Special teams coach Aaron Stamn has given Branstetter permission to tackle a ballcarrier, “only if he has to (as last resort). He tells me he does (like to hit). His teammates have told me he does, but I told him he has to chill out.”
Overall, “Jacob is a hard worker. I have to tell him to leave the field each and every day. He comes to work hard every single day. He’s consistent,” Stamn added of Branstetter, a management and leadership major who has designs on working for a major sporting goods company someday.
Rojas earned honorable mention all-Big 12 in 2009 after posting a 41.4 yard average off 52 punts. Sixteen of his punts landed inside the 20-yard line with 10 fair catches. He had eight punts of at least 50 yards, including a 72-yarder at Texas Tech.
“My honest opinion ... I think he has NFL talent. I really do,” Branstetter said. “This year is going to be important for him. He can hit the ball high and far. He can hit the ball as well as I’ve seen anyone hit the ball and I get to watch him every day.”
Some NFL Draft analysts had Rojas on the board last spring.
“I heard that, but it’s something you don’t start to think about until your senior season comes up,” Rojas said. “Even then, a lot of guys are more concerned about, ‘I hope I get drafted. I hope I get picked up. I hope I get a tryout.’
“That’s a dream-come-true obviously. It’s what you have to keep in the back of your mind, but right now during the season, all I’m thinking about is to perform to the best of my ability to put the team and the defense in a situation where they don’t have their backs against the wall.”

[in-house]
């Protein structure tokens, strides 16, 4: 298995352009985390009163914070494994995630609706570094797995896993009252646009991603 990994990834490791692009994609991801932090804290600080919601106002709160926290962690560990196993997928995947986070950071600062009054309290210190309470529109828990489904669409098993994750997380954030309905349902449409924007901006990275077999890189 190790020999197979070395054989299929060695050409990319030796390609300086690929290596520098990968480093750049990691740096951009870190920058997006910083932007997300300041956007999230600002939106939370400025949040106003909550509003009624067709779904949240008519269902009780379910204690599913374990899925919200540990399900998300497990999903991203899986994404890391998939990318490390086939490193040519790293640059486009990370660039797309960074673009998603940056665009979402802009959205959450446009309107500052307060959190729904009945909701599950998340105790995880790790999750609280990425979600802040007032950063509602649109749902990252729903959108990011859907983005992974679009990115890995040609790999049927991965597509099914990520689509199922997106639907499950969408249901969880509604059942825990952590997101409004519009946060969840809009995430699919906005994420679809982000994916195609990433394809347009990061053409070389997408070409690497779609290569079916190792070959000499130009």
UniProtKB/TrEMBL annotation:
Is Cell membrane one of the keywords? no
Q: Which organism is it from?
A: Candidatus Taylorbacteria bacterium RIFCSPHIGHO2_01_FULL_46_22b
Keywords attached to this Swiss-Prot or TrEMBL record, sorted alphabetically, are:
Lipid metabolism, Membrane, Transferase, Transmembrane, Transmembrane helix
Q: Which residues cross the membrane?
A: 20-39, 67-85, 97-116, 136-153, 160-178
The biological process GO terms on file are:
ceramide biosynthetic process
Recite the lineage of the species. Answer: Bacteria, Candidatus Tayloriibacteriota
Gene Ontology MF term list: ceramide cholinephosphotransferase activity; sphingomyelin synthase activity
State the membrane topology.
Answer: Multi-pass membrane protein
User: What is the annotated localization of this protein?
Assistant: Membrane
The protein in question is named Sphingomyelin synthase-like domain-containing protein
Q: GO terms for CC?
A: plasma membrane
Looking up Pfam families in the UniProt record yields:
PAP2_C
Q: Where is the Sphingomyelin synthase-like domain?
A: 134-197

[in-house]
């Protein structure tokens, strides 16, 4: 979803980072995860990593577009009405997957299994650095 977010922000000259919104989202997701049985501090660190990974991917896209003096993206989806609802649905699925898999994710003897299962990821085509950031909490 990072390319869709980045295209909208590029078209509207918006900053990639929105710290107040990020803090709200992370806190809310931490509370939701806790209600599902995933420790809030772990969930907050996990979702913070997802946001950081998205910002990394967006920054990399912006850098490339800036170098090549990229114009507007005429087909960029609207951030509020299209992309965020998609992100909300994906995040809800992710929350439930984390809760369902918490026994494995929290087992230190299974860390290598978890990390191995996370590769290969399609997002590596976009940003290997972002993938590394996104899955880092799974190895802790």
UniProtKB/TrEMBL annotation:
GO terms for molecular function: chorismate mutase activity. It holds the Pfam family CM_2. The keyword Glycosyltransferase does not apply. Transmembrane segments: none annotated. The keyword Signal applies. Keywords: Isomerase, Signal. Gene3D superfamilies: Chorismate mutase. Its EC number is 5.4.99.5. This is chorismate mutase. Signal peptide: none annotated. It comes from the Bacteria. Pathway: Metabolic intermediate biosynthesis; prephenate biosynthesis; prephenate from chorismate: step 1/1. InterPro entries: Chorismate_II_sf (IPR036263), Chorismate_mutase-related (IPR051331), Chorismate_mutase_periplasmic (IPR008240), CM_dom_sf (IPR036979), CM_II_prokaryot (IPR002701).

Rojas, who wants to be a lawyer someday, has already achieved much on the gridiron.
“Growing up in Miami, I had friends play at the University of Florida and Florida State. A lot of guys I played high school football with and against are making it to the next level. It’s always driven me to reach that goal,” Rojas said. “A lot of people told me I’d never play college football. I’ve proven a lot of people wrong. That’s something I’m going to do that again, prove people wrong, that I do have what it takes to play on the next level.”
Special team coach Stamn won’t bet against the 6-3, 228-pound Rojas.
“Alonso is really a strong guy,” Stamn said. “Hopefully, he is going to be a big weapon for us. Hopefully, we don’t have to put him on the field a lot. It’s always a good thing when your punter doesn’t have to play a lot.
“He has a lot of talent. It’s been fun to work with him. I wish I had more time to work with him to be truthful.”
One might expect the public to hear a lot from KU’s specialty teams duo this season.
Both players are comfortable in front of reporters and both are seniors.
Could they emerge as media darlings following the graduation of the likes of Todd Reesing, Meier and Darrell Stuckey?
“Oh no, no, no, no,” Rojas said with a laugh. “No one is the face of the program. Everyone is the team. That’s why we have ‘believe’ as our team motto. We all believe no one is better than anyone here. We are all the same. We all have one goal to win. It’s what we have in mind as far as getting things done this year.”